On this page you will find further information on the Old Jute Spinning Mill from the Bonn-Rechtsrheinisch e.V. Monument and History Society.

The Old Jute Spinning Mill

The factory site of the former jute spinning mill in Beuel was built in two main construction phases. In 1868, the large spinning and weaving room was built. This is a brick building with ornamental gables and partly high round-arched windows. This was extended along Siegburger Strasse in 1898, so that the built-up area was now twice as large as before. The boiler house with its 46-metre-high chimney is also one of the original buildings on the site. The directors' villa is located on the opposite side of Siegburger Straße in a much altered form.

19th century
Founded in 1868 by the entrepreneur Alfred Hieronymus, the "Vereinigte Jutespinnerei und Weberei AG" at times employed over 1,000 people, making it one of the largest industrial enterprises in Beuel at the time. Production included the processing of raw fibres from India and Pakistan to the finished fabric. Until the construction of the railway on the right bank of the Rhine, the raw jute was transported on barges from Rotterdam to the Beuel shipyard near today's Kennedy Bridge. The coarse fabric was used, among other things, to make sacks for the cement factory near Oberkassel.

The economic crisis in the 1870s led to the re-establishment under the name "Westdeutsche Jutespinnerei und Weberei" (West German Jute Spinning and Weaving Mill) in 1887. In 1898 and 1899, terraced houses were built on the neighbouring Josef-Thiebes-Straße and Paulusstraße as workers' accommodation, which still exist today.

20th century
Due to a lack of raw materials during the First World War, production could only be resumed in 1924 as part of the company "Vereinigte Jutespinnereien und Webereien AG, Hamburg". Until the Second World War, the company developed well overall, except for individual crises. During the Second World War, forced labourers from Poland, France and the Netherlands were used in the factory: "The largest employer of Polish forced labourers in Bonn was the jute spinning mill in the Beuel district. The jute spinning mill obtained its workers directly from two Polish cities. From 1939-1945 there were 2300 Polish forced labourers and 3200 Polish prisoners of war in Bonn." (www.hsozkult.de)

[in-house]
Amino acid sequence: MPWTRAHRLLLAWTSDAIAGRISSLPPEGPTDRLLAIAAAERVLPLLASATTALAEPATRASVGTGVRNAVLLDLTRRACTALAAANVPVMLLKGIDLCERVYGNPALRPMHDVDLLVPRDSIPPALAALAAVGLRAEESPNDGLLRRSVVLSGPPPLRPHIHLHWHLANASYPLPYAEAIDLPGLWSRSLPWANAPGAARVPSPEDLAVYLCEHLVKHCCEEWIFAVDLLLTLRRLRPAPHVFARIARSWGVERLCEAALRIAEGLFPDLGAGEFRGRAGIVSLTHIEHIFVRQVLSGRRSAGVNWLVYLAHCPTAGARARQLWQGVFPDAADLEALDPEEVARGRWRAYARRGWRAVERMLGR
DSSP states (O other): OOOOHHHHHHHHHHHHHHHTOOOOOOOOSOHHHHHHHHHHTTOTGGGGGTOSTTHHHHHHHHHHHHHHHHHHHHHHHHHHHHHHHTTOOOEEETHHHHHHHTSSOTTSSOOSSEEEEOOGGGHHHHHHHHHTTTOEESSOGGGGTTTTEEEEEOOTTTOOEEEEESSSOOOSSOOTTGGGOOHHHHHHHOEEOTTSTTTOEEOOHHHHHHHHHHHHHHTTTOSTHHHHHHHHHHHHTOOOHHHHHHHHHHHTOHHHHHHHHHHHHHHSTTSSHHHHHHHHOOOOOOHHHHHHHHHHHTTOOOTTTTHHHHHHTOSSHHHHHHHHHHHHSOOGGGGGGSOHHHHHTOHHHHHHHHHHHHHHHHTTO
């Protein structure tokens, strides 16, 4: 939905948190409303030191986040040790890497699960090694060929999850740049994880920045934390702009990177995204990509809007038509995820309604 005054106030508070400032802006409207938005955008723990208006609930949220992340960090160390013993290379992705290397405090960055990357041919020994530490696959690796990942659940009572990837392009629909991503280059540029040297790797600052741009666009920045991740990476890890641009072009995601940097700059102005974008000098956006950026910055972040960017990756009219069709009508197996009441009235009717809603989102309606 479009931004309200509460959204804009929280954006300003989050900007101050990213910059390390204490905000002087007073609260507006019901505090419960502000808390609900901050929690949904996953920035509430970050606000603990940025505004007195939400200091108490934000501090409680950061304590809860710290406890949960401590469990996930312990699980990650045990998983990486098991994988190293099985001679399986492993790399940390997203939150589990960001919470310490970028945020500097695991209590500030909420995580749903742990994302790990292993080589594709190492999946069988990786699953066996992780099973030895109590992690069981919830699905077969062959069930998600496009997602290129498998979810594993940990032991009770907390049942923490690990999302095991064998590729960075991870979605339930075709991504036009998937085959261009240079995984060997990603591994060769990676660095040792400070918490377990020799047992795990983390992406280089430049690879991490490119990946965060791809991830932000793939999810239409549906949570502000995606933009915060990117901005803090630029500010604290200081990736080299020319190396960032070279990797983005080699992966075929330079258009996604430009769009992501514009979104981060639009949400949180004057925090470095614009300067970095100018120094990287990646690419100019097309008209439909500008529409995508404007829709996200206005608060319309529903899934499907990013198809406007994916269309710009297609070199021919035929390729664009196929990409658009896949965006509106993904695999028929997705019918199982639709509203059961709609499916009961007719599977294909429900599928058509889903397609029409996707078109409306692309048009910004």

On 4 February 1944, the buildings were largely destroyed in an air raid. Production was already up and running again in 1945 and the number of employees rose to 500 by the 1950s.
Due to the availability of cheaper jute products from the growing regions of India and Pakistan and the increased demand for alternative packaging materials, the company switched to artificial leather and floor coverings in 1954.

In 1961, the site was bought by the Dresdner Bank and operated as a flooring factory until 1965. In 1965, the company was then acquired by Dynamit Nobel AG from Troisdorf and has since traded as United Jute Spinning and Weaving Mills AG. From 1965 to 1980, the former jute spinning mill produced PVC products for Troisdorf Dynamit.

Since 1981, parts of the grounds have been used for cultural events, first by the City of Bonn under the name "Halle Beuel" and since October 2016 by the Bonn Pantheon Theatre. In addition, the buildings house the theatre workshops of the city of Bonn.

Architectural monument
The objects "Facades of the former jute spinning and weaving mill" and "Parts of the workers' housing estates" in Siegburger Straße and Josef-Thiebes-Straße are registered monuments (Denkmalliste Bonn, Baudenkmäler lfd. Nr. A 3939, Nr. A 280).

Source: Kuladig